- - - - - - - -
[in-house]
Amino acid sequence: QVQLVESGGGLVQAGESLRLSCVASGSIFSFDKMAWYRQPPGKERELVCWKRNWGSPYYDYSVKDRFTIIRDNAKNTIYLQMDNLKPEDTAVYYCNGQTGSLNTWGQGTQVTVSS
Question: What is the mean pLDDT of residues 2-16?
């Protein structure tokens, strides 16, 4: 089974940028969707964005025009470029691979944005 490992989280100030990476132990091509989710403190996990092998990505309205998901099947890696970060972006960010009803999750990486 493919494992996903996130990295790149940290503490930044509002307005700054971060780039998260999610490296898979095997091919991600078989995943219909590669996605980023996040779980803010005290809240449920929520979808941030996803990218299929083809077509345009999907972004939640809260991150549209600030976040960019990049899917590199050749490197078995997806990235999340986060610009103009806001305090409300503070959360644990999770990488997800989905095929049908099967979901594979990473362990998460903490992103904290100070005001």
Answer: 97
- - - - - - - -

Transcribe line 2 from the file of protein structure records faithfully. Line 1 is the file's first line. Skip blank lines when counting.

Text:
Amino acid sequence: QVQLVESGGGLVQAGESLRLSCVASGSIFSFDKMAWYRQPPGKERELVCWKRNWGSPYYDYSVKDRFTIIRDNAKNTIYLQMDNLKPEDTAVYYCNGQTGSLNTWGQGTQVTVSS